Are Litigation Funders opening up to lower value claims?
Posted on 21st July 2015
Litigation Funders have generally been involved in providing funding to meet the legal costs to pursue large multi-million pound commercial claims. The Litigation Funder meets the legal costs as the claim progresses, saving the Claimant from having to pay out for these, and in return, if the claim is successful, the Litigation Funder takes a share of the Claimant’s damages. If the claim is unsuccessful the Litigation Funder does not recover the funds it has paid out. Usually a Claimant would also have an After-The-Event (‘ATE’) insurance policy (that may also be provided by the Litigation Funder) which would cover its liabilities in the event the claim was unsuccessful. As such the Litigation Funders have been interested in the highest value claims in order to maximise the return on their investments.
This does however leave a problem for smaller businesses which may have lower value claims where substantial sums, but not millions, are involved. These Claimants in particular may not have sufficient liquid capital to fund a case, particularly if they have suffered a substantial loss already and so are out of pocket. A new service, Sparkle Capital Lite has been launched by the co-founder of Betfred, Fred Done which aims to fill this gap. It is aimed at commercial claims that are valued at less than £1million, and can provide funding for a sum from £10,000 to £200,000. This arrangement must be accompanied by an ATE policy from Acasta Europe which in the event the claim was unsuccessful would re-pay the loan and cover the Claimant’s liability to pay the other sides costs. The premium for the ATE policy would be self-insured and so the Claimant would only be required to pay this if the claim was successful.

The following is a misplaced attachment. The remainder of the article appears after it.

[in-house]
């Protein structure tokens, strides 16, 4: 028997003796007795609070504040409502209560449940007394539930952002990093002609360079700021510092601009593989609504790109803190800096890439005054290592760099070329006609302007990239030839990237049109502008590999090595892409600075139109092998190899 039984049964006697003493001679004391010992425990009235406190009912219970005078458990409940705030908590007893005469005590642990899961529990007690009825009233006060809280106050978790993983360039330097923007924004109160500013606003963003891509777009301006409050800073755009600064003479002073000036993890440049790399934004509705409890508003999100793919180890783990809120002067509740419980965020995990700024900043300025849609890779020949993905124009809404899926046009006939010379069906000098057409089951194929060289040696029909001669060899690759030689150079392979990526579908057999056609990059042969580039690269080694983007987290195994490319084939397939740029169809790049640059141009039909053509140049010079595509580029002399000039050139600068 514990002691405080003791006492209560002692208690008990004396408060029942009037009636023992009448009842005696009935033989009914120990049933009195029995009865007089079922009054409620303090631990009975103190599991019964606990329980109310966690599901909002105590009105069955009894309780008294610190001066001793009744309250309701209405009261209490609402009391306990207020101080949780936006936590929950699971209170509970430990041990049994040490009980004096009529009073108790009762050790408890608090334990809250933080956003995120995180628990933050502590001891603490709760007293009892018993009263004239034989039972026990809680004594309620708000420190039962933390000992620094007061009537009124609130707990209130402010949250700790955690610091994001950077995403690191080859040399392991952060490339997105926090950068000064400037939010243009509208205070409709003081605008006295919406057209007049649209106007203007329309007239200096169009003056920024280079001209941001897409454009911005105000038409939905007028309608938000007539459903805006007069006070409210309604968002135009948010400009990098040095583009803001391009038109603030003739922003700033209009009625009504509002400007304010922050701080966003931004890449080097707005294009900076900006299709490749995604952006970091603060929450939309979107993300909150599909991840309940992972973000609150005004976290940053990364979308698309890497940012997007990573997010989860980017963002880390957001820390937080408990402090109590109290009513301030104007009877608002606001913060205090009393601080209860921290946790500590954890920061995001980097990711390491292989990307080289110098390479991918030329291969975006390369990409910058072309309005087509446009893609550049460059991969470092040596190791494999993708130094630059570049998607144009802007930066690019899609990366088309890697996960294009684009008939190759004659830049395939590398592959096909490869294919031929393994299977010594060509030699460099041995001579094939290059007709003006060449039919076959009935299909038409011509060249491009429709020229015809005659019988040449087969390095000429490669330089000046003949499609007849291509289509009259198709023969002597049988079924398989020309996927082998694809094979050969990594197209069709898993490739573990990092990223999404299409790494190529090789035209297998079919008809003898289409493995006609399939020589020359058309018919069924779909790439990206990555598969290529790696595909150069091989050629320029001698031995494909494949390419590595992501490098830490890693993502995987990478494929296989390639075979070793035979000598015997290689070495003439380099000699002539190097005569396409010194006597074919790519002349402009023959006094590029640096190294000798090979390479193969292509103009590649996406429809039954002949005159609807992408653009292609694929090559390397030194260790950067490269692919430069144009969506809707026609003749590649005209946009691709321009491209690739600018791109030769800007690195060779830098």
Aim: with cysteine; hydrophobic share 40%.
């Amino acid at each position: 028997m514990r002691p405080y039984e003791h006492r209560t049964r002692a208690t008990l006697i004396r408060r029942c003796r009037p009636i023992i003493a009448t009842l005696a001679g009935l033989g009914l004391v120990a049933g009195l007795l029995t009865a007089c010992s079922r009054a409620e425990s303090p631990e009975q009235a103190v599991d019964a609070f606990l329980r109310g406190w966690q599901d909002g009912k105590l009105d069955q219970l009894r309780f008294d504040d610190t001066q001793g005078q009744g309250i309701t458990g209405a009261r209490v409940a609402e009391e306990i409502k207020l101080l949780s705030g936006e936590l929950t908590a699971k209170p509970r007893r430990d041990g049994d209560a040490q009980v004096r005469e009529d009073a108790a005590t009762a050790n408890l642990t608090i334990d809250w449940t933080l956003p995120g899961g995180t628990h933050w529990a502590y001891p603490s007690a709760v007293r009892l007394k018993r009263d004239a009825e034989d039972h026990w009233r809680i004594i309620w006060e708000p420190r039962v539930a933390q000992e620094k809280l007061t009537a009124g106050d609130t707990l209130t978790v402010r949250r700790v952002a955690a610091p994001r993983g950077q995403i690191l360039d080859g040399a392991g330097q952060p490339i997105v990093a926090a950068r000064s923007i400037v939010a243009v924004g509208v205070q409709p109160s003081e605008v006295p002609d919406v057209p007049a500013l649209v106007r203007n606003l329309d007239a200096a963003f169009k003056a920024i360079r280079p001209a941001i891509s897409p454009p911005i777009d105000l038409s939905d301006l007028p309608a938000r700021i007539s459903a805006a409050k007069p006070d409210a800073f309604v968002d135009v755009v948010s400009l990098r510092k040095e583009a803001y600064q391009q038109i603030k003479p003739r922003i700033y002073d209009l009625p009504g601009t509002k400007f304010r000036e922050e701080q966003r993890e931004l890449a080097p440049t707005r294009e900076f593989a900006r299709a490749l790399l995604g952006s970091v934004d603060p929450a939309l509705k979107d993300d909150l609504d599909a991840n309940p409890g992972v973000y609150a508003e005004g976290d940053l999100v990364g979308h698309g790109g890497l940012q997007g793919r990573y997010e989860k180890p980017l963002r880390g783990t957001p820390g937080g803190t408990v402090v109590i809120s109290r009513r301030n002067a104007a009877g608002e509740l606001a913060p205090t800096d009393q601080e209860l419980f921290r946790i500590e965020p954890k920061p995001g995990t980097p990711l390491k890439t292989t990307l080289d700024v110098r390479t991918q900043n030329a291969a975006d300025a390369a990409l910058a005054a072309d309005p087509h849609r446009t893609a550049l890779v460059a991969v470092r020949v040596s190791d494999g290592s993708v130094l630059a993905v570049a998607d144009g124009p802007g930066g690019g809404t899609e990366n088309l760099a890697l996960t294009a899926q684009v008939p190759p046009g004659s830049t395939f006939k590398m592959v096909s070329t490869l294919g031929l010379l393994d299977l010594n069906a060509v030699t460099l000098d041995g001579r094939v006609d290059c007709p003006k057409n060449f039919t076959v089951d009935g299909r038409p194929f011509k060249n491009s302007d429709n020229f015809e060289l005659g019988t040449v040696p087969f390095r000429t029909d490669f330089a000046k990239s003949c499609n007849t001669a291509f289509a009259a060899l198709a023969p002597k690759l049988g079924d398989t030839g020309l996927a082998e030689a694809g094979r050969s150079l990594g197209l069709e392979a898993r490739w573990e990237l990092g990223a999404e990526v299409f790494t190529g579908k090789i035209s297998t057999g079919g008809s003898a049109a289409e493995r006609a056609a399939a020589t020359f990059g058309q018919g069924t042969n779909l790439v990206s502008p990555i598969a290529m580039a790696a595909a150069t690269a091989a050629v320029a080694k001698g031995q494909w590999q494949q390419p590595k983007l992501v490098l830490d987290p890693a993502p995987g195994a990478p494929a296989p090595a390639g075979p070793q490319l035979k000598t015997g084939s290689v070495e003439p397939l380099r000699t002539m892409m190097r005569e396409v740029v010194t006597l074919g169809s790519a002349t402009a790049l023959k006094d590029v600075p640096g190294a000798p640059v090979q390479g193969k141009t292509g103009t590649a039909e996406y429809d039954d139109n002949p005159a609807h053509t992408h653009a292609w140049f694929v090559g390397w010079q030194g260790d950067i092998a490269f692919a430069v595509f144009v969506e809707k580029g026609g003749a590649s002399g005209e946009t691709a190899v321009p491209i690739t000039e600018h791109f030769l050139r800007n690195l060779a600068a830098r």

Unlike other Litigation Funders, if the claim is successful Sparkle Capital Lite does not take a share of the damages. Instead where a claim is successful the Claimant has to re-pay the amount loaned plus interest set at a flat fee. If the claim is unsuccessful the Claimant pays nothing and the outstanding sums owed to Sparkle Capital Lite are settled from the ATE insurance.
This is another viable funding option for Claimants to consider as it could enable what could be a substantial claim to be proceed, in circumstances where a Claimant simply does not have sufficient resources available to fund it. This is particularly so given the enhanced court fees which came into effect on 1st April 2015. The new court fees mean that in order to issue a claim worth £200,000 a Claimant must pay a fee of £10,000, up from £1,515 (this equates to a 576% increase).
In many cases this funding option may even be a more cost effective way of funding compared to the more familiar ‘no win no fee’ arrangements. This is because the flat fee for the interest may be significantly less than Success Fees that would be payable under a ‘no win no fee’ agreement. Since April 2013 Success Fees are not recoverable from Defendants like they used to be and so Claimants have to pay these from the damages they recover. Whilst the ‘no win no’ fee sounds attractive to Claimants, they should consider whether it is in fact the best way of funding a claim.
We shall have to wait and see whether Claimants are interested in funding cases in this way but in any event having more options and choices cannot be a bad thing for anyone wishing to pursue claims.
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